Monday, February 11, 2013

We're Famous

Sort of.  Okay, not really.  Let me explain.

Last weekend we went to the AFCON (African Cup of Nations) quarter-final game in Durban.  We purchased our tickets back in October.  We knew we’d have amazing seats by getting our tickets so early, but we had no idea who would be playing in the game.  Luckily, Bafana Bafana, the South African national team, ended up advancing to the very game we had tickets to!

Being in Durban for the Bafana Bafana game was so much fun.  You could feel the excitement throughout the city.  So many people were wearing Bafana Bafana clothing and carrying flags.  Remember vuvuzelas?  Those obnoxiously loud horns that everyone was blowing during the 2012 World Cup?  Well, let’s just say we’ve embraced the awesomeness that is the vuvuzelas.  They were being sold, along with all kinds of gear, on practically every street corner.  We knew we needed to look the part for the game, so we went to a market to buy knockoff jerseys.  Our friend, who is a great bargainer, negotiated the man down to R50 (about $6.50) per bright yellow jersey.  We knew that matching yellow jerseys were not going to be enough though.  We had a goal:  we wanted to be on tv!

We were on a mission.  We purchased large paper and numerous colored markers.  We knew the best way of ensuring fame was to have amazing posters.  After much discussion, we decided on “USA Loves [big red heart] Bafana Bafana” was the way to go.  Two hours later (I’m really not sure why it took us so long to make four signs) we were ready to go.

While walking to the stadium in our matching yellow shirts, we purchased a few South African flags and a couple of vuvuzelas.  We figured the more fan gear the better.  Needless to say, we started to attract a fair amount of attention.  Watching people take our photo and listening to drivers honk their horns, we just knew our plan was going to work.  When we stopped in front of the stadium to take our own group photo, a bunch of random fans jumped in.

We finally reached the stadium, but our work was just beginning.  We first had to identify the cameramen.  We then spent some time practicing our poses and smiles.  Throughout the entire game, we’d all stand up, hold our signs and smile whenever we saw a cameraman turn to take a crowd shot.  Finally, during the break before penalty shots, we saw one of the cameramen slowly turn his camera in our direction.  This was it.  It was our time to shine.  We stood up, held our signs high and cheered with all our might.  Sure enough, our cell phones soon started beeping.  People had just seen us on tv!  Fellow volunteers saw us, South African co-workers saw us, and even some of our learners (the few with televisions) saw us.  We were superstars!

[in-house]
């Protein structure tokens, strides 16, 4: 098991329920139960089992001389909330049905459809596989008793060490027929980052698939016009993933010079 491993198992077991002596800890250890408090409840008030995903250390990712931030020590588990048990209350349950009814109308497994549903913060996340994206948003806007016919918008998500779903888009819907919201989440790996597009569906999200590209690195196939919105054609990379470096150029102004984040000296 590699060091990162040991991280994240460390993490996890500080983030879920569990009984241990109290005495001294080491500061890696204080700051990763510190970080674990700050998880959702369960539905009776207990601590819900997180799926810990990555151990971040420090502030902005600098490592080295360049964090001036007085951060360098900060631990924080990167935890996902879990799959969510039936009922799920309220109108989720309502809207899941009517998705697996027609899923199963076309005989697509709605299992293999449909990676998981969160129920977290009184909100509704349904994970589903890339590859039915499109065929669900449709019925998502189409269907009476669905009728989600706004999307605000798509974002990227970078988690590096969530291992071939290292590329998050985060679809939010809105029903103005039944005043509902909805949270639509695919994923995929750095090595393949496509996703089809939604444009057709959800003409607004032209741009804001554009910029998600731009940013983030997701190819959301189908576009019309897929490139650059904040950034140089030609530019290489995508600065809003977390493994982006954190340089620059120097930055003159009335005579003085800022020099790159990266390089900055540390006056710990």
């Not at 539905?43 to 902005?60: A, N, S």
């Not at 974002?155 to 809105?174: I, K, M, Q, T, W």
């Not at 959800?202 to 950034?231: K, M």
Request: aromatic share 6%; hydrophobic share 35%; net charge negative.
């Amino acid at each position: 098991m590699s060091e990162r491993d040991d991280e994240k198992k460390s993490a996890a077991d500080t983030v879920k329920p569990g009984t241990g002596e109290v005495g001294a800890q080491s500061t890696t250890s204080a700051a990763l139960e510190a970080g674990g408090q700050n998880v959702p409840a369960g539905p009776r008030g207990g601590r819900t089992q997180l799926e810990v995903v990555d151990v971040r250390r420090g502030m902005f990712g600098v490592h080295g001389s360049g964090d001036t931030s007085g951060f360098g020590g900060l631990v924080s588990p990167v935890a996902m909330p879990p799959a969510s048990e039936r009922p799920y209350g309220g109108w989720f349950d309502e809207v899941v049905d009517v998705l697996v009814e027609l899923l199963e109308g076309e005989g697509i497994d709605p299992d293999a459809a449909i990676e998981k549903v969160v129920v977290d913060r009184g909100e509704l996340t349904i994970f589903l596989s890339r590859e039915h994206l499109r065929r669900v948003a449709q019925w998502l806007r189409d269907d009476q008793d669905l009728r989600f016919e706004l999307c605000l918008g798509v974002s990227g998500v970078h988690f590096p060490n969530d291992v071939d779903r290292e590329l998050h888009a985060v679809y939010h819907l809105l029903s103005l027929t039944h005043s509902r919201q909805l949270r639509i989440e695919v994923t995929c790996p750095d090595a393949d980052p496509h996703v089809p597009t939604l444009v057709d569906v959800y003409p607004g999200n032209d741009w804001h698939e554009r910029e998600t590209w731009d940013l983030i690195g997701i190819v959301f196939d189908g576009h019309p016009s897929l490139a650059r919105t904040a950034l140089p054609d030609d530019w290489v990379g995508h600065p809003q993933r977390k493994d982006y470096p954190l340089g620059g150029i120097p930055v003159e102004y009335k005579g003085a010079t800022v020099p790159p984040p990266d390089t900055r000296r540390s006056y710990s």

P.S. The game itself was a lot of fun.  South Africa played Mali, and the score was 1-1 at the end of regulation.  Neither team scored in overtime, and South Africa unfortunately ended up losing during penalties.  Our 15 minutes (ok, seconds) of fame was more interesting than details about the game though, right? 

Sunday, January 27, 2013

The Birds Must Be Crazy

Our brief bird entry, notwithstanding, we haven’t really updated this blog in some time.  [Please consider all of our typical apologies/excuses inserted here.]

Speaking of the birds, the situation has worsened and morale has deteriorated.  Since we informed you guys, we’ve developed quite a bit of intel, but little in the way of a concerted counterattack.  We now realize that this bird was protecting a hidden nest above our front door in the space between our ceiling and tin roof.  We’ve come to this realization thanks to the cacophonous chirping that now awakens us daily and provides a constant irritant throughout the day.  Moreover, our surveillance of the area has shown not one, but two, offensive birds that patrol our front door area.  Since the hatching of the eggs, the violence has escalated.  On Friday alone, Matt was hit twice and Sara and Wandy were each hit one time.  When two of the ladies from the kitchen that we’re friends with came to inspect, they were also dive-bombed and narrowly escaped being hit.  They ran screaming inside our house to the amusement of Sara’s Grade 7 Girls’ Club.  So what do we do now?  We have started using our back door religiously, but the birds now know about this alternative access point as Matt was dive-bombed in the back of our home.  Yesterday, Wandy came to our house wearing a bucket as a helmet.  These bird episodes have begun feeling like we are living a Hitchcock nightmare.  The day that these young birds grow old enough to fend for themselves cannot come soon enough. 

What else is new?

Oh yeah!  Almost forgot.  We are staying until June.  We originally planned to leave in early April after the first school quarter, but we decided that by staying through the second quarter (and the end of the semester) we can make a bigger difference for some kids.  It was not an easy decision because we were looking forward to coming back, but we feel that the potential value of staying these extra months is worthwhile.  Plus, Matt has no interest in returning to a world where the Clippers are better than the Lakers.  So you guys need to postpone the welcome back parade, but at least the extra 3 months of planning should guarantee its success.  For those of you truly marking your calendars, the last day of the term is June 21.  We should come back to the States sometime in the two-week window between that date and the 4th of July. 

Tomorrow begins the third week of the school year here.  It feels good to be getting back into the swing of things.  Some day earlier this week marked our two year anniversary of being in South Africa – yay for us!  If the bird attacks continue tomorrow morning, we may actively recruit some slingshot-armed assassins at school tomorrow.  We’ll let you know.

Thursday, January 24, 2013

Bird From Hell

We are terrified of a bird.  Seriously.  We have a bird that is always outside our house.  It has been known to dive bomb at people, but it’s getting more aggressive.  Yesterday, it hit Sara in the back of the head as she walked out the front door.  This morning, it hit Matt in the head.  This afternoon, it hit Sara again in the head as she was unlocking the door.  Insane!  We’re currently recruiting boys who have slingshots to take care of it.  Don’t judge.

P.S. We promise to write a real blog post this weekend.

Saturday, December 15, 2012

December Holidays